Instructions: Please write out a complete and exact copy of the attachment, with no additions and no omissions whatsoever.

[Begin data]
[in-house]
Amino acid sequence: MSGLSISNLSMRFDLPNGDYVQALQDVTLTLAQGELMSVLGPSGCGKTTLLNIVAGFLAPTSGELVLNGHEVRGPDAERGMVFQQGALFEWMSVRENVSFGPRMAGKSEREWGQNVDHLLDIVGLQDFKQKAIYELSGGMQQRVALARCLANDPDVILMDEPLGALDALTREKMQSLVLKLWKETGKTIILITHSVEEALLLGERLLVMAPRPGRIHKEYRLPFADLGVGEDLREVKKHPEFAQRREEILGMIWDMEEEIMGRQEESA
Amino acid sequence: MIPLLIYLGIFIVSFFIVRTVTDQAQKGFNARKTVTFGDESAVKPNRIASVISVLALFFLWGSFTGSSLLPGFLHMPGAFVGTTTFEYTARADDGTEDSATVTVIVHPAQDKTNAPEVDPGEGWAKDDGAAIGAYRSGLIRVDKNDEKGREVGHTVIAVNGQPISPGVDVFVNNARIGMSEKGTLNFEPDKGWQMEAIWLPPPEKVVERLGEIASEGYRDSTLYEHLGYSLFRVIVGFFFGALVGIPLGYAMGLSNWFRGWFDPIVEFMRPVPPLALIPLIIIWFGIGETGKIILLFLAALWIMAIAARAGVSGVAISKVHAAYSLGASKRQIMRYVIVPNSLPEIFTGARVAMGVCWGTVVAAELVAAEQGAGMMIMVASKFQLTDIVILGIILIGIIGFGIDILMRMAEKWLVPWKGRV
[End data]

[in-house]
Amino acid sequence: MSGLSISNLSMRFDLPNGDYVQALQDVTLTLAQGELMSVLGPSGCGKTTLLNIVAGFLAPTSGELVLNGHEVRGPDAERGMVFQQGALFEWMSVRENVSFGPRMAGKSEREWGQNVDHLLDIVGLQDFKQKAIYELSGGMQQRVALARCLANDPDVILMDEPLGALDALTREKMQSLVLKLWKETGKTIILITHSVEEALLLGERLLVMAPRPGRIHKEYRLPFADLGVGEDLREVKKHPEFAQRREEILGMIWDMEEEIMGRQEESA
Amino acid sequence: MIPLLIYLGIFIVSFFIVRTVTDQAQKGFNARKTVTFGDESAVKPNRIASVISVLALFFLWGSFTGSSLLPGFLHMPGAFVGTTTFEYTARADDGTEDSATVTVIVHPAQDKTNAPEVDPGEGWAKDDGAAIGAYRSGLIRVDKNDEKGREVGHTVIAVNGQPISPGVDVFVNNARIGMSEKGTLNFEPDKGWQMEAIWLPPPEKVVERLGEIASEGYRDSTLYEHLGYSLFRVIVGFFFGALVGIPLGYAMGLSNWFRGWFDPIVEFMRPVPPLALIPLIIIWFGIGETGKIILLFLAALWIMAIAARAGVSGVAISKVHAAYSLGASKRQIMRYVIVPNSLPEIFTGARVAMGVCWGTVVAAELVAAEQGAGMMIMVASKFQLTDIVILGIILIGIIGFGIDILMRMAEKWLVPWKGRV